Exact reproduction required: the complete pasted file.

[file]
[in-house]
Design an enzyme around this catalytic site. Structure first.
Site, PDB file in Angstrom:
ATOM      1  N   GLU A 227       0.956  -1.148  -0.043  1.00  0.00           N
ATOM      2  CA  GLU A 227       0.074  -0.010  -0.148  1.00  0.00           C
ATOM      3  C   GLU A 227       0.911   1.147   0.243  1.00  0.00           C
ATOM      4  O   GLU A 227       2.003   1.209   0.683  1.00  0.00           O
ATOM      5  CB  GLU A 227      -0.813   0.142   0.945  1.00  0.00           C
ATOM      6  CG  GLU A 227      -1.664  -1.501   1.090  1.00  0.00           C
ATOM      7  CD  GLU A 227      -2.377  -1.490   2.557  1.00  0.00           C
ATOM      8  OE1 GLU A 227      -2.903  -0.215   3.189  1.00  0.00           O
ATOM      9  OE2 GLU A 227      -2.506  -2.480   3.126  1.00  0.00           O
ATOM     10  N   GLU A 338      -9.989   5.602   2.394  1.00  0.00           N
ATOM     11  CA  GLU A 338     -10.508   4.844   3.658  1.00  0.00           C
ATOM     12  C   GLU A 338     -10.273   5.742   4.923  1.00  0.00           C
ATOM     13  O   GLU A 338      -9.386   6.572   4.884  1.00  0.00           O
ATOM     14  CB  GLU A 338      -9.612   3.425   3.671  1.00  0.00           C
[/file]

[in-house]
Design an enzyme around this catalytic site. Structure first.
Site, PDB file in Angstrom:
ATOM      1  N   GLU A 227       0.956  -1.148  -0.043  1.00  0.00           N
ATOM      2  CA  GLU A 227       0.074  -0.010  -0.148  1.00  0.00           C
ATOM      3  C   GLU A 227       0.911   1.147   0.243  1.00  0.00           C
ATOM      4  O   GLU A 227       2.003   1.209   0.683  1.00  0.00           O
ATOM      5  CB  GLU A 227      -0.813   0.142   0.945  1.00  0.00           C
ATOM      6  CG  GLU A 227      -1.664  -1.501   1.090  1.00  0.00           C
ATOM      7  CD  GLU A 227      -2.377  -1.490   2.557  1.00  0.00           C
ATOM      8  OE1 GLU A 227      -2.903  -0.215   3.189  1.00  0.00           O
ATOM      9  OE2 GLU A 227      -2.506  -2.480   3.126  1.00  0.00           O
ATOM     10  N   GLU A 338      -9.989   5.602   2.394  1.00  0.00           N
ATOM     11  CA  GLU A 338     -10.508   4.844   3.658  1.00  0.00           C
ATOM     12  C   GLU A 338     -10.273   5.742   4.923  1.00  0.00           C
ATOM     13  O   GLU A 338      -9.386   6.572   4.884  1.00  0.00           O
ATOM     14  CB  GLU A 338      -9.612   3.425   3.671  1.00  0.00           C